Epicurus

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Related to Lathe biosas: Epikuros

Ep·i·cu·rus

 (ĕp′ĭ-kyo͝or′əs) 341?-270 bc.
Greek philosopher who founded his influential school of Epicureanism in Athens (c. 306) and a utopian community called "The Garden."
American Heritage® Dictionary of the English Language, Fifth Edition. Copyright © 2016 by Houghton Mifflin Harcourt Publishing Company. Published by Houghton Mifflin Harcourt Publishing Company. All rights reserved.

Epicurus

(ˌɛpɪˈkjʊərəs)
n
(Biography) 341–270 bc, Greek philosopher, who held that the highest good is pleasure and that the world is a series of fortuitous combinations of atoms
Collins English Dictionary – Complete and Unabridged, 12th Edition 2014 © HarperCollins Publishers 1991, 1994, 1998, 2000, 2003, 2006, 2007, 2009, 2011, 2014

Ep•i•cu•rus

(ˌɛp ɪˈkyʊər əs)

n.
342?–270 B.C., Greek philosopher.
Random House Kernerman Webster's College Dictionary, © 2010 K Dictionaries Ltd. Copyright 2005, 1997, 1991 by Random House, Inc. All rights reserved.
ThesaurusAntonymsRelated WordsSynonymsLegend:
Noun1.Epicurus - Greek philosopher who believed that the world is a random combination of atoms and that pleasure is the highest good (341-270 BC)Epicurus - Greek philosopher who believed that the world is a random combination of atoms and that pleasure is the highest good (341-270 BC)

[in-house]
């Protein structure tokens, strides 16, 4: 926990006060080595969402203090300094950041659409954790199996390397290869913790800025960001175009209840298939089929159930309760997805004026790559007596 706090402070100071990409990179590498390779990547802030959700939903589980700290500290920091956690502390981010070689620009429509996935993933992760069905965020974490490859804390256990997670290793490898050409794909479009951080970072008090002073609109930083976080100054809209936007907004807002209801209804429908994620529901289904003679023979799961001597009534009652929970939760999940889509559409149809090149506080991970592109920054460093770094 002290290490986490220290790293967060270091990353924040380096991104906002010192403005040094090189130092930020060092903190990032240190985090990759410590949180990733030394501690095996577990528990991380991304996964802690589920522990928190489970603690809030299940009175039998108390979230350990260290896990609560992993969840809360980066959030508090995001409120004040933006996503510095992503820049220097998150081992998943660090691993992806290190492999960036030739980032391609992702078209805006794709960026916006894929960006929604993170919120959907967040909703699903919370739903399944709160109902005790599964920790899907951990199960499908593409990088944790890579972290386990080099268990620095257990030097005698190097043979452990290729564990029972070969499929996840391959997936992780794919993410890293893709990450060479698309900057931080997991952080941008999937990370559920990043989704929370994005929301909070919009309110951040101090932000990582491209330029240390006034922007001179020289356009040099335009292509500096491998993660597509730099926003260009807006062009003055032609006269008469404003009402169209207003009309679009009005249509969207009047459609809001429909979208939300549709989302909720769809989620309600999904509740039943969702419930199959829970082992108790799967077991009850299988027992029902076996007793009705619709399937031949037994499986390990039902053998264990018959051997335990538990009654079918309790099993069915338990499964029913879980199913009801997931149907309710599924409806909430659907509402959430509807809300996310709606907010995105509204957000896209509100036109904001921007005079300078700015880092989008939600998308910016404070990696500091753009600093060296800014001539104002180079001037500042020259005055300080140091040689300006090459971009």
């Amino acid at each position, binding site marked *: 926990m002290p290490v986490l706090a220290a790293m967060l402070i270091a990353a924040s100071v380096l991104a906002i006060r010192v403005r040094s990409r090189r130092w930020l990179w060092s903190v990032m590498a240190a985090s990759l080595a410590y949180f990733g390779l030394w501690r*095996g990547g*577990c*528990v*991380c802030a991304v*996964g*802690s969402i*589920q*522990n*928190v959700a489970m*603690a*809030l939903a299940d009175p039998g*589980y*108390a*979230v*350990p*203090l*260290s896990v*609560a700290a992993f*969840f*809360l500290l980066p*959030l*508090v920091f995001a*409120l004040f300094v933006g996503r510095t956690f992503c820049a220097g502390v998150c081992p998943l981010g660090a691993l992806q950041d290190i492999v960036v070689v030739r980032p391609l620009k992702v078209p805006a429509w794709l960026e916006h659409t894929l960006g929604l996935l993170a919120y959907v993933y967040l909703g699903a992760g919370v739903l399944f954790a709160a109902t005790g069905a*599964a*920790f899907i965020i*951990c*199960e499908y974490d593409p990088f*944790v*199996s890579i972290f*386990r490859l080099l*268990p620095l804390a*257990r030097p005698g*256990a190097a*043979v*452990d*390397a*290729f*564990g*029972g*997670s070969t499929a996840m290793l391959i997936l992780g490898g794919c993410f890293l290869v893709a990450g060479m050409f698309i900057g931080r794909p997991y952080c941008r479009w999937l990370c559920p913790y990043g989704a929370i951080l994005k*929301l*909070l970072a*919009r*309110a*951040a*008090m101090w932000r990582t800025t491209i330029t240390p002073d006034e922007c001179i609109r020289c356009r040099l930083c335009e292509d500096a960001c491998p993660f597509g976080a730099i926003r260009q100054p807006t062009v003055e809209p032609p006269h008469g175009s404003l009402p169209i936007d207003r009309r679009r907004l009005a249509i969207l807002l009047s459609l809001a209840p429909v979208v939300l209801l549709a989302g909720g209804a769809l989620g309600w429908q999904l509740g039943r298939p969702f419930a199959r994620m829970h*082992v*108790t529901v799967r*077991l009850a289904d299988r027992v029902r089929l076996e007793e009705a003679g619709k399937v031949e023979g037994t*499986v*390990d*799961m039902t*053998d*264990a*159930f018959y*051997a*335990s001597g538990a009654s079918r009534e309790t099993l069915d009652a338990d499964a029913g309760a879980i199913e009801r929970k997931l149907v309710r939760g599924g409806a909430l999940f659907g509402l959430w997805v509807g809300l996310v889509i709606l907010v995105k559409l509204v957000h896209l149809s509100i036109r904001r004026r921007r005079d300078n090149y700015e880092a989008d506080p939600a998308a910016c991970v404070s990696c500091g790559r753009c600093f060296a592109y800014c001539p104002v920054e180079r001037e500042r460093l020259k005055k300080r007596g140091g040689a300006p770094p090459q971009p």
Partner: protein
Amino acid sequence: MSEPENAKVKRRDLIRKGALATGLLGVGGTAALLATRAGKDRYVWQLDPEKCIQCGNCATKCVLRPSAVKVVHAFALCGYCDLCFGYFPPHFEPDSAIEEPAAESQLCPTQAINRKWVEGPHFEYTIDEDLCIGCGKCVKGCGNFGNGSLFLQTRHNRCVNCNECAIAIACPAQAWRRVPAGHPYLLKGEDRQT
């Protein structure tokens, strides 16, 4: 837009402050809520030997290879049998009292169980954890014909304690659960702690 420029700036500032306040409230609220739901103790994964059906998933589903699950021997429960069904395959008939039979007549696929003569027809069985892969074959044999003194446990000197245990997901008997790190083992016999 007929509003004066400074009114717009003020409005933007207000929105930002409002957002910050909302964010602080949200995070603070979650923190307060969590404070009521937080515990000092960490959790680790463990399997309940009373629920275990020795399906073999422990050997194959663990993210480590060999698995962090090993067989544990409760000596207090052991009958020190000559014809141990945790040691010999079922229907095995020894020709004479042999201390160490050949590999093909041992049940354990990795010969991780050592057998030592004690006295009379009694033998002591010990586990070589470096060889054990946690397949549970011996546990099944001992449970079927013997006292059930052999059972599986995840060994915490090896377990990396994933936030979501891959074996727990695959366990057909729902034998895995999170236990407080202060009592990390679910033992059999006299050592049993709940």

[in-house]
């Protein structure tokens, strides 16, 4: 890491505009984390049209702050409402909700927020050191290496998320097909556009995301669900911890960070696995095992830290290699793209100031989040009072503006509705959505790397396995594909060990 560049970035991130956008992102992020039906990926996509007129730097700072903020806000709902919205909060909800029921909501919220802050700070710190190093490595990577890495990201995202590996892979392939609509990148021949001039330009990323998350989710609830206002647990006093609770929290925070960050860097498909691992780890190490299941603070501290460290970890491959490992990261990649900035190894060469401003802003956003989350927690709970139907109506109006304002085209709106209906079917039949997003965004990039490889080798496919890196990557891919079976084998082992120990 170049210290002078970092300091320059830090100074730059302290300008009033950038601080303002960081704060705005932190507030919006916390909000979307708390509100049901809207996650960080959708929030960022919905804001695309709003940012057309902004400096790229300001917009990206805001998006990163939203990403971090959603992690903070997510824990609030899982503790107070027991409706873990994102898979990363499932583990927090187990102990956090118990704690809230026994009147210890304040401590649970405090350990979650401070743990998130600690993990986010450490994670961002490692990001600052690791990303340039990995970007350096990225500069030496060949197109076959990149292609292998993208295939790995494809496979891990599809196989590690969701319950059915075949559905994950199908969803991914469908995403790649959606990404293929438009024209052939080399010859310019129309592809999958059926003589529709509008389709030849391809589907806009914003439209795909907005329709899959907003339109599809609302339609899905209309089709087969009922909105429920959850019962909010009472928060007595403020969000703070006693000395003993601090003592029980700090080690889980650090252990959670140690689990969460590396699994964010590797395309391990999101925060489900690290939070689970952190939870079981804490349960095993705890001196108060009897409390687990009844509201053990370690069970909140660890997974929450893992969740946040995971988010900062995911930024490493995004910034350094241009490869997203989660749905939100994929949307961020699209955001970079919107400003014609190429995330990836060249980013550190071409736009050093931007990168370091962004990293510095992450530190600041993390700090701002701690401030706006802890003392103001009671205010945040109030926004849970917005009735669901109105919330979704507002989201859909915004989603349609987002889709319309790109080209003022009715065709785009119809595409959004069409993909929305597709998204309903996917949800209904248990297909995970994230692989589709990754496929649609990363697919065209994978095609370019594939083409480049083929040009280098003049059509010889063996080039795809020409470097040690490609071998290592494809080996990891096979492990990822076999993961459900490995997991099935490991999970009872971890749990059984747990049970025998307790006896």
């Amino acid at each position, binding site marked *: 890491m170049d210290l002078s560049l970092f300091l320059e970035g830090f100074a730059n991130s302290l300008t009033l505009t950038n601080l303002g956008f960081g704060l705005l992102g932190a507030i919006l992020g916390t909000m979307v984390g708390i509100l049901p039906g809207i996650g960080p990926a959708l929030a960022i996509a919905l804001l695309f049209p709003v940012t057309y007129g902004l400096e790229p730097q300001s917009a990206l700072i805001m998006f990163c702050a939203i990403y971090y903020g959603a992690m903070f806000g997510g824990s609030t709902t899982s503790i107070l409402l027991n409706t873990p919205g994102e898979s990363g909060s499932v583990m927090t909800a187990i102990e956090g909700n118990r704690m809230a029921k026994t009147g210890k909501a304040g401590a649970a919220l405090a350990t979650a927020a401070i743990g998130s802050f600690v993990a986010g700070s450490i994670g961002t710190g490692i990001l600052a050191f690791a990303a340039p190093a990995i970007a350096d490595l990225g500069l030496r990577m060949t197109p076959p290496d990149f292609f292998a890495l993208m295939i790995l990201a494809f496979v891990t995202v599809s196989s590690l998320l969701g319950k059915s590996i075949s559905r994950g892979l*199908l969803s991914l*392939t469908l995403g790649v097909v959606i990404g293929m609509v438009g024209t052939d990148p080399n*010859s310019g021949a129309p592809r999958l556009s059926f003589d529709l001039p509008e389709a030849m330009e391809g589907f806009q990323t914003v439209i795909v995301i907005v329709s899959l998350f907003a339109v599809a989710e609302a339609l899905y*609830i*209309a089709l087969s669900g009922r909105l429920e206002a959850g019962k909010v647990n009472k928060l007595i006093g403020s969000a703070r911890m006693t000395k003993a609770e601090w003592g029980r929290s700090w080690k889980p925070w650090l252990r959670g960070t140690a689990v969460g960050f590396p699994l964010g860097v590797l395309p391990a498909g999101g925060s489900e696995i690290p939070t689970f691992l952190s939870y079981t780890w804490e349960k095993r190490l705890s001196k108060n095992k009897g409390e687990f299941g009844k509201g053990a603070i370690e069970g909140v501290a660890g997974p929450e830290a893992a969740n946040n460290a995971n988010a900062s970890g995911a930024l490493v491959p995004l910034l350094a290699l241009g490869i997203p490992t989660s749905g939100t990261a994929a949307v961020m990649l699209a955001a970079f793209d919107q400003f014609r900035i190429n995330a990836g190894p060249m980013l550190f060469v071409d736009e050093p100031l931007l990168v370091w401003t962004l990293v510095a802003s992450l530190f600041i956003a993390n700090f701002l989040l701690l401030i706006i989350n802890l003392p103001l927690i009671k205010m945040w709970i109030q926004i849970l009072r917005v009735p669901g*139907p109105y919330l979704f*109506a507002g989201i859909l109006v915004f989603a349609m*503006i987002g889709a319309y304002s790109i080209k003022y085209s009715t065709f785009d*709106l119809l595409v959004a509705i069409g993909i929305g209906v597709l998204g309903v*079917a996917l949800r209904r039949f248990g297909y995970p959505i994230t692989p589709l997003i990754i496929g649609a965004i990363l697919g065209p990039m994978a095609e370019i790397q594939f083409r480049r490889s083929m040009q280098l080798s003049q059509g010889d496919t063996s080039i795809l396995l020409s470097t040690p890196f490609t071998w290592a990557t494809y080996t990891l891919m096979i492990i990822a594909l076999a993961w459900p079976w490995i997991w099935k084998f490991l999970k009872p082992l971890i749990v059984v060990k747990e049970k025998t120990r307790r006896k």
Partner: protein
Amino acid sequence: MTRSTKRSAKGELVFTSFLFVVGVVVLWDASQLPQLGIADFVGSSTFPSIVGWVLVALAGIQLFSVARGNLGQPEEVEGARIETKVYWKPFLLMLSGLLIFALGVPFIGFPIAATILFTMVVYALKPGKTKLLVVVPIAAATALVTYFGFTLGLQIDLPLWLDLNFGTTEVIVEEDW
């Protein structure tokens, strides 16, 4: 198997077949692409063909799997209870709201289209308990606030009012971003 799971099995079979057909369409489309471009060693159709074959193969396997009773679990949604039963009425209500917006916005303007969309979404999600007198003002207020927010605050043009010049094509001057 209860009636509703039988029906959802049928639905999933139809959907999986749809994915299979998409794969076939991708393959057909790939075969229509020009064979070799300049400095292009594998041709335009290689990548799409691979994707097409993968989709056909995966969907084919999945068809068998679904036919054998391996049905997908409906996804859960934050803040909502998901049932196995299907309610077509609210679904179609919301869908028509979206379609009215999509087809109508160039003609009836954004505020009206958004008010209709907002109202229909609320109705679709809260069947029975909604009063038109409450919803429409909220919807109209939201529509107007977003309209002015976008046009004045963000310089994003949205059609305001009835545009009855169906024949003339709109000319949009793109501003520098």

Based on WordNet 3.0, Farlex clipart collection. © 2003-2012 Princeton University, Farlex Inc.
Translations
Epikúros
Epikuros

Epicurus

[ˌɛpɪˈkjʊərəs] nEpicuro
Collins Italian Dictionary 1st Edition © HarperCollins Publishers 1995
References in periodicals archive ?
Over against a neo-Stoic such as Justus Lipsius, Montaigne defends the home as the safe locus for 'a self that is at ease with itself' (35), recalling the Epicurean maxim lathe biosas. Thus, John Guillory, writing on Francis Bacon, takes an angle where bachelorhood and friendship, philia or amicitia become central if not necessary, over the married life, for the natural philosopher.
His followers' motto was lathe biosas ("live unseen").